Street food is famous in Vietnam, but also infamously difficult to find! The best street food places are almost always located in some hidden alley or doorway where it almost looks like you are entering someone’s house, and at the last moment there is a little nondescript entrance with a little sign that is the sign of the restaurant/cafe. With the multitude of Vietnamese food unknown to foreigners, we are sure you will be blown away by our street food tour! Trust us, and hundreds of travelers’ reviews on this, and we bet you won’t regret it!
7. Vinh Quan Quyen Kung Fu Class
Vietnamese Kung Fu is a blend of various types of martial arts, although predominantly with Chinese Kung Fu influence. Interested in learning some traditional hand to hand combat with Vietnamese master Vinh Xuan Quyen? Take the chance to join our Kung Fu class located in a local gym where locals gather to practice kungfu and have a complete Vietnamese experience to bring home!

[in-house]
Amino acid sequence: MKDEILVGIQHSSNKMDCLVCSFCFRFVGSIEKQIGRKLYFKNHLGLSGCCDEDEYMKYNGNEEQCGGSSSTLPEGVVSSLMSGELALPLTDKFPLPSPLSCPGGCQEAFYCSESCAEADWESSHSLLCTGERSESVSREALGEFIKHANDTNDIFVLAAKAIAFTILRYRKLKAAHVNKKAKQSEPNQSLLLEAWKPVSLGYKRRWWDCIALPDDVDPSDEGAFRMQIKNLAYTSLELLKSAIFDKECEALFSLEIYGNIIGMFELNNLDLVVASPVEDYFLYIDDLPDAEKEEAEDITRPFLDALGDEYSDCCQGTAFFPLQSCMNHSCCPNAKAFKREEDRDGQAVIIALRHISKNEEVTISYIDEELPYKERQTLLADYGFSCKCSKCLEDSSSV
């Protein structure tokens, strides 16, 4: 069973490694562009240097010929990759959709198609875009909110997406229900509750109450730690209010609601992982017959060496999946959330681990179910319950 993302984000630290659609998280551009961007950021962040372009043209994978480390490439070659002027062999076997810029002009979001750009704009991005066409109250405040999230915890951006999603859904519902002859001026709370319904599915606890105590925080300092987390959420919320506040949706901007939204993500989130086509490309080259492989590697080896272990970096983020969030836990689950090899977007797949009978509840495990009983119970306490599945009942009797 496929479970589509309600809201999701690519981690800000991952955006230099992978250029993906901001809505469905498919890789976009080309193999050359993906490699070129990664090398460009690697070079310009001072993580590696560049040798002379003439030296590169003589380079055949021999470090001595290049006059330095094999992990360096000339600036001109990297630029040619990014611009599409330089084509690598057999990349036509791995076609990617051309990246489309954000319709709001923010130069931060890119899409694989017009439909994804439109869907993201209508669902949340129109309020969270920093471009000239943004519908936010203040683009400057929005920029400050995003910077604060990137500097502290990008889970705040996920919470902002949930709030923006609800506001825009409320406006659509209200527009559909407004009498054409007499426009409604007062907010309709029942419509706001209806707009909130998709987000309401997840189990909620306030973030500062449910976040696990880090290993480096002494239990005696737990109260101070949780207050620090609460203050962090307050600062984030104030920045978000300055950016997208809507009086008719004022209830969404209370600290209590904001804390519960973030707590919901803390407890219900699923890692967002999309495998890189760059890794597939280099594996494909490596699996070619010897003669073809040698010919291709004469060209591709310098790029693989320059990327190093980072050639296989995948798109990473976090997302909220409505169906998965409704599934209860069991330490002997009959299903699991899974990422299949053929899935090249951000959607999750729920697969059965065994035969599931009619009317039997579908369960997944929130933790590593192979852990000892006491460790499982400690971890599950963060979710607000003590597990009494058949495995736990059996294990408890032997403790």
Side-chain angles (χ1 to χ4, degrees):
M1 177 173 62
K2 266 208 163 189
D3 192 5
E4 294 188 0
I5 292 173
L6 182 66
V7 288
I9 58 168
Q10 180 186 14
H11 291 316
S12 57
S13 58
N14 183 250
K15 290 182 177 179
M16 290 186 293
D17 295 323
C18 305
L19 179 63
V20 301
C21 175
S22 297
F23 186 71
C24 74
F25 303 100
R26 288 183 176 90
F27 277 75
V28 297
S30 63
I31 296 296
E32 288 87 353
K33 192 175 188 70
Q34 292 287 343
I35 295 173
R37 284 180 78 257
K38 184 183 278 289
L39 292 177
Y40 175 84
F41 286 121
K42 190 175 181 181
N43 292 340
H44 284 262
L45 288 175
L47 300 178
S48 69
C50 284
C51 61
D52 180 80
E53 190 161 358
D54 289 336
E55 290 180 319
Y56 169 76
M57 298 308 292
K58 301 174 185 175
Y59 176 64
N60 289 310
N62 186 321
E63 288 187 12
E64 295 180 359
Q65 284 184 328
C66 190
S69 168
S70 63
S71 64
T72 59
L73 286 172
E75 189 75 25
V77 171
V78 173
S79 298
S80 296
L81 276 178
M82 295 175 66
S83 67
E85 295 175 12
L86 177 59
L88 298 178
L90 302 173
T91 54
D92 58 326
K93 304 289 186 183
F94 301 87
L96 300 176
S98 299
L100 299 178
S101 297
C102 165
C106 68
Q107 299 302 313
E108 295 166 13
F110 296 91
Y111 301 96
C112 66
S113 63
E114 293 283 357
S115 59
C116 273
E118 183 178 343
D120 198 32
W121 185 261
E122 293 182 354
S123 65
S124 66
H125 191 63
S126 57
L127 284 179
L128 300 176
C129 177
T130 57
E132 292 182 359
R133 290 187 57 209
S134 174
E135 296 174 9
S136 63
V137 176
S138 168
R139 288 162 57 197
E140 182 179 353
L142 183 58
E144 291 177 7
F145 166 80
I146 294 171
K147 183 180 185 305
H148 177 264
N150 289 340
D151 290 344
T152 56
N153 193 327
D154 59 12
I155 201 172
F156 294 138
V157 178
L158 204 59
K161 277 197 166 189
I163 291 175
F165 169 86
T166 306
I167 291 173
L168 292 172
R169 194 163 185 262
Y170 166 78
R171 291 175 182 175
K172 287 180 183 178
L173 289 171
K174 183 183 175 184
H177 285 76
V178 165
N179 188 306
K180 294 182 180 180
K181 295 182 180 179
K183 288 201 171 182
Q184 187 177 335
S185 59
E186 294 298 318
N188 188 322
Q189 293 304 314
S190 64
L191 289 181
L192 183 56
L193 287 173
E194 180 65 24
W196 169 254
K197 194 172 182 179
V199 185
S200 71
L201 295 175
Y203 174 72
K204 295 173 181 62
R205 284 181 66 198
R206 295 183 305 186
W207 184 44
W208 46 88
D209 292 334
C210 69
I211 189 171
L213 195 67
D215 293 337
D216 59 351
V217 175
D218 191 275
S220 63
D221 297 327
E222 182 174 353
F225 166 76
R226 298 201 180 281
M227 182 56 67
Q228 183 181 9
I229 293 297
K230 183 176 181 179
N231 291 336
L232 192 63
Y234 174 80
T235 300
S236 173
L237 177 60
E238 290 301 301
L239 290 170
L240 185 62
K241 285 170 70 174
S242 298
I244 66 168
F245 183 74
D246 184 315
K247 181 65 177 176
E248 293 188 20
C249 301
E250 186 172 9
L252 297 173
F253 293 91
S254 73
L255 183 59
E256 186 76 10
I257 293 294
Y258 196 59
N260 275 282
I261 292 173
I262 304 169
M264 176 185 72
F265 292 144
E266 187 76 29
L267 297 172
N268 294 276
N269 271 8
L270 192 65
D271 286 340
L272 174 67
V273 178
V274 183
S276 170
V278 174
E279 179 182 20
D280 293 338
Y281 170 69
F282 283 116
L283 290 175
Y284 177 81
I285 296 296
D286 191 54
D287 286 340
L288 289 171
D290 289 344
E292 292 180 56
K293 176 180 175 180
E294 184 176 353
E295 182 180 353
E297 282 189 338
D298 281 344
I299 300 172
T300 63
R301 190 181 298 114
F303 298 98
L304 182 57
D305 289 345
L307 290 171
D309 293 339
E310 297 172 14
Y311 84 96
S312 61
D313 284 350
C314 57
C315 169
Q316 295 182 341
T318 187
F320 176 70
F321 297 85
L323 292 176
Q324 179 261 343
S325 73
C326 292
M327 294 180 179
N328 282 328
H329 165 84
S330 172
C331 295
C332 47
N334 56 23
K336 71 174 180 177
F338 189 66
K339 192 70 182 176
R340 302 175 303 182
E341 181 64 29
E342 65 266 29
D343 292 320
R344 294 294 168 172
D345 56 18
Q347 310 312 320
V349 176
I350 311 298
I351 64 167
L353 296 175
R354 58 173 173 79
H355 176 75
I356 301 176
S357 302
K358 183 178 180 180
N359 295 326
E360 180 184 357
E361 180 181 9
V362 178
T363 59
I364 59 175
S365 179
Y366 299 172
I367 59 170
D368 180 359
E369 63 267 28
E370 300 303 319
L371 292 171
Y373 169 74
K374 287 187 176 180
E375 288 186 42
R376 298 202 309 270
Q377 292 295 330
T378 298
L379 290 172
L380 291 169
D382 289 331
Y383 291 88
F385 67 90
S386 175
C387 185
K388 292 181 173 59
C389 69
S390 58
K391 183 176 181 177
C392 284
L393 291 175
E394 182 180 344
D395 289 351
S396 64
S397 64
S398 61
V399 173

8. Imperial City of Thang Long
Photo credit : hoangthanhthanglong.vn
As Hanoi is the capital of the Dai Viet dynasty between the 11th and 18th centuries, the Forbidden City center and the Imperial Citadel of Thang Long is located here. It used to serve as a residence and workplace for the kings and royal families during the period of five dynasties. A UNESCO World Heritage Site, this is one of the must-visits in Hanoi!
9. Preserving Ancient Heritage: Paper Mask Workshop